22 affair: n. –1. a secret sexual relationship between two people, when at least one of them is married to sb. else e.g.: Shes having an affair with a married man. He had an affair with his boss that lasted six years.

23 –2. things connected with your personal life, your financial situation, etc. e.g.: She organizes her financial affairs very efficiently. Leave me alone; mind your own affairs.

24 CF: affair, business & matter –affair: –business: –matter:

25 1. The minister deals with important _______ 2. Will you phone me back its a _______ of some importance. 3. Our firm does a lot of ________ with overseas customers. 4. Currently, there are fewer firms in _______ in the area than ever before. 5. Talking about the worlds problems is one thing, but solving them is another ________ altogether. 6. What I do in my spare time is my _______ 7. Mary denied any knowledge of the _________ 8. Eventually they found a consultant they felt they could do _________ with. affair matter business affair matter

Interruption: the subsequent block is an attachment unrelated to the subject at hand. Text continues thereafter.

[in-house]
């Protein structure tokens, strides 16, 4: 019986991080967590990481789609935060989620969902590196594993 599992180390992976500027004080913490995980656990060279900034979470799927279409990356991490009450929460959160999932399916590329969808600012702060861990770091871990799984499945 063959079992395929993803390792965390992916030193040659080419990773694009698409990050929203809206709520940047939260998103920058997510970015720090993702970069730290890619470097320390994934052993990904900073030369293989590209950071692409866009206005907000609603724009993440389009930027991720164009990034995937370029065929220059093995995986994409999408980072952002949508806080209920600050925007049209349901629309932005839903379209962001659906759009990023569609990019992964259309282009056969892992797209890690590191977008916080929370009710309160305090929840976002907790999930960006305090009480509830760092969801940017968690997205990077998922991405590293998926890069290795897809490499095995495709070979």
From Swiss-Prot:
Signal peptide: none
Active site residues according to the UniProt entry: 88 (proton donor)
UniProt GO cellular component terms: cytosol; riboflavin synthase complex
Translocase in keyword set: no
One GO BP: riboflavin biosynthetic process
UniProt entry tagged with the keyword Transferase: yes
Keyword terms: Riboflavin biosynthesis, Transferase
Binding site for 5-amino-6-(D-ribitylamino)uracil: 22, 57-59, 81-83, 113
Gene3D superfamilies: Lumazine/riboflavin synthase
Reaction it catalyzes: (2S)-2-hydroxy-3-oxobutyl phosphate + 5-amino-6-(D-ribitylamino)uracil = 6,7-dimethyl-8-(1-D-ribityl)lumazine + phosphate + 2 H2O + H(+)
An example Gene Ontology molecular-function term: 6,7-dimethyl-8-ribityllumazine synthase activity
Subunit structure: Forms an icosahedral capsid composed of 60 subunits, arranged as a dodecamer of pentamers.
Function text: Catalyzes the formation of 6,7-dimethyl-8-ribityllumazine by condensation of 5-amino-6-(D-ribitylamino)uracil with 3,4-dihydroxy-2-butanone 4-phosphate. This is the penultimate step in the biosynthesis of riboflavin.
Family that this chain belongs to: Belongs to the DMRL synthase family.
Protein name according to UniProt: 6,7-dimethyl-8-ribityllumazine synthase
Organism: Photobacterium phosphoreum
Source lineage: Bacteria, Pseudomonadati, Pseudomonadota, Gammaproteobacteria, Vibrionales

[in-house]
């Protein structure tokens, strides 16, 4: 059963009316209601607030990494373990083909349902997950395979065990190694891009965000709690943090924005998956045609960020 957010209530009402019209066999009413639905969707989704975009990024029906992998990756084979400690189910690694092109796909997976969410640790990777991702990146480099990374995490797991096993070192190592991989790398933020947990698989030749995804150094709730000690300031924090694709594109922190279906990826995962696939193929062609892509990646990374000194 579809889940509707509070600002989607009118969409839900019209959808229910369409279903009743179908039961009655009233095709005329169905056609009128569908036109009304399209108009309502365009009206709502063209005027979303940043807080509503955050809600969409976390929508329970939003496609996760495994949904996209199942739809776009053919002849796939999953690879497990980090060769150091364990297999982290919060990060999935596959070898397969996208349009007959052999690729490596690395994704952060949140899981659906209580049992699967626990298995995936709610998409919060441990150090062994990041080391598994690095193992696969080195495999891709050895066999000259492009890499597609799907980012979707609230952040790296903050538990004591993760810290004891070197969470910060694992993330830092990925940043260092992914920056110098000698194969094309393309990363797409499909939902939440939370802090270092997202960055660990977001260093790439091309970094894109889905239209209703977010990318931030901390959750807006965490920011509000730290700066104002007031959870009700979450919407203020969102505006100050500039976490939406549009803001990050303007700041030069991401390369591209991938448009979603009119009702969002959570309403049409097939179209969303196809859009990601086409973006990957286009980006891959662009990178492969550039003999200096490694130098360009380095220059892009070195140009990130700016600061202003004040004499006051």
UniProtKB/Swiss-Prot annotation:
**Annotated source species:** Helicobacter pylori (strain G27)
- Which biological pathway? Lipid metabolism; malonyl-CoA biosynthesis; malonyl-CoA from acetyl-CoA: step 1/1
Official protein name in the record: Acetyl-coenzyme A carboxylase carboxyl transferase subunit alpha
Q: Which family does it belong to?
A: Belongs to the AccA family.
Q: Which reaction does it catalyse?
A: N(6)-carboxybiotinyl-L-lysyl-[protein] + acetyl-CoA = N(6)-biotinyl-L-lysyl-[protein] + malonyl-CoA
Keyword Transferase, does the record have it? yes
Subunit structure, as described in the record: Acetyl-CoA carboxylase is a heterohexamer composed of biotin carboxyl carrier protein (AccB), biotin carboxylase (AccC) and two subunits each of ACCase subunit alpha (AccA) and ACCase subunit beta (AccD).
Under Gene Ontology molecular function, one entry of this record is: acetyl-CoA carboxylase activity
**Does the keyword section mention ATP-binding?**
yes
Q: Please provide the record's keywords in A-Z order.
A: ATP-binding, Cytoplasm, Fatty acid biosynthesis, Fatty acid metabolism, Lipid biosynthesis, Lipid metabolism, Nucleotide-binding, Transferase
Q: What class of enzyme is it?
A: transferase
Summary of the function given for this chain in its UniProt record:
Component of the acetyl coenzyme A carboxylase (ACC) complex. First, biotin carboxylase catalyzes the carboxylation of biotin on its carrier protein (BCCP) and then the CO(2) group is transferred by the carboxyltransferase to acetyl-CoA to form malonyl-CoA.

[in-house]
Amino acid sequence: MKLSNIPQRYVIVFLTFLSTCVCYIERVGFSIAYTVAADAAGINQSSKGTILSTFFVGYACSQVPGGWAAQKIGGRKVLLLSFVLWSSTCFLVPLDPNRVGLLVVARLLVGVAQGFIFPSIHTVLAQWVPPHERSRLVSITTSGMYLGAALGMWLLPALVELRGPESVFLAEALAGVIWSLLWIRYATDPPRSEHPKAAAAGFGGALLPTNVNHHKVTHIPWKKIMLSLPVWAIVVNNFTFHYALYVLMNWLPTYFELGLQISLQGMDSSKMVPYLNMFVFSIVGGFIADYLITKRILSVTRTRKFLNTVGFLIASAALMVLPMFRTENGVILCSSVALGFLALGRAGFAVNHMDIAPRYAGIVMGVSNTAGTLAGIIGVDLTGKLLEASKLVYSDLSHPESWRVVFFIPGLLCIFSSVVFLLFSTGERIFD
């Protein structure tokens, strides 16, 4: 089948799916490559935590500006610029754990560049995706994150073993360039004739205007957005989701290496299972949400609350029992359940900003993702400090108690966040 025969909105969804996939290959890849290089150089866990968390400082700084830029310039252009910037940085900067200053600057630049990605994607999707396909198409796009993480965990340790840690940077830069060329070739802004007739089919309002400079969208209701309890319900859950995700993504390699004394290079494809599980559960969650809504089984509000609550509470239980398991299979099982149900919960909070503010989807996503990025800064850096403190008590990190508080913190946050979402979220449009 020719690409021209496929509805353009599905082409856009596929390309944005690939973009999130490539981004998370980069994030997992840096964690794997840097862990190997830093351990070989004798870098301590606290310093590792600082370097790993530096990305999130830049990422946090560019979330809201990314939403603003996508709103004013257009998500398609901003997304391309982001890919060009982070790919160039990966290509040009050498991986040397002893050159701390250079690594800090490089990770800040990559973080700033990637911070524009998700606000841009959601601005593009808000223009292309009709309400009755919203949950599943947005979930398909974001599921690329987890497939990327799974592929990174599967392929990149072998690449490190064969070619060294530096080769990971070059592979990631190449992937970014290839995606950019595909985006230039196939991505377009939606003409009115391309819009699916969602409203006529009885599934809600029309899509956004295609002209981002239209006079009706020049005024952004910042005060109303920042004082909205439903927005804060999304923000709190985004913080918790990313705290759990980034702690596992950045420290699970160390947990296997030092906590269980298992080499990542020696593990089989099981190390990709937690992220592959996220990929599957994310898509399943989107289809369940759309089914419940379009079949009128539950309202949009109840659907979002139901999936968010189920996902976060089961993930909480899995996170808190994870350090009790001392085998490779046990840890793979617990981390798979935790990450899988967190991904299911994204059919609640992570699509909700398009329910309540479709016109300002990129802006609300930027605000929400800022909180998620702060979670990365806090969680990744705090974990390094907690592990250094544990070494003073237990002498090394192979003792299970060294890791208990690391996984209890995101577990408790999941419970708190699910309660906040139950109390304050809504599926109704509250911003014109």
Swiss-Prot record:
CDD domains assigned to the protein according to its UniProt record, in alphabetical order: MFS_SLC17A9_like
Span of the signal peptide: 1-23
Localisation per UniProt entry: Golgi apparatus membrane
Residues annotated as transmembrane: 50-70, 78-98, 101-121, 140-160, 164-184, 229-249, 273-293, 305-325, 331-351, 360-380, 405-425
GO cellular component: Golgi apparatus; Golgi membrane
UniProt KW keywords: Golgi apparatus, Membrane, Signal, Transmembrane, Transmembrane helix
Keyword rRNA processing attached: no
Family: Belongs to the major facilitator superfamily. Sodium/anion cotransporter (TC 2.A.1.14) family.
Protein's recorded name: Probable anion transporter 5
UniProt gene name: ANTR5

26 obvious: adj. easy to notice or understand e.g.: They have a small child so for obvious reasons they need money. It was obvious that I knew very little about it.

27 conduct: 1. n. the way sb. behaves, especially in public, in their job, etc. e.g.: The club has a strict code of conduct. 2. v. carry out a particular activity or process, especially in order to get information or prove facts e.g.: We are conducting a survey to find out what our customers think of their local bus service.

28 consequence: n. sth. that happens as a result of a particular action or set of conditions e.g.: Well, if you insist on eating so much, youll have to suffer the consequences! This decision will bring long-lasting consequences.

29 constitute: v. if several people or things constitute sth., they are the parts that form it e.g.:Women constitute about 10% of the parliament. The under-18s constitute nearly 25% of the towns population.

30 CF: constitute, compose & consist –constitute – compose – consist of

31 1. Seven days a week. 2. The house of six rooms. 3. Such action a felony ( ). 4. Water is of hydrogen and oxygen. 5. That areas future weather pattern might of long dry periods. constitute consist compose consist

32 trait: n. (formal) a particular quality in sbs character e.g. His sense of humor is one of his good traits. One of his less attractive traits is criticizing his child in public.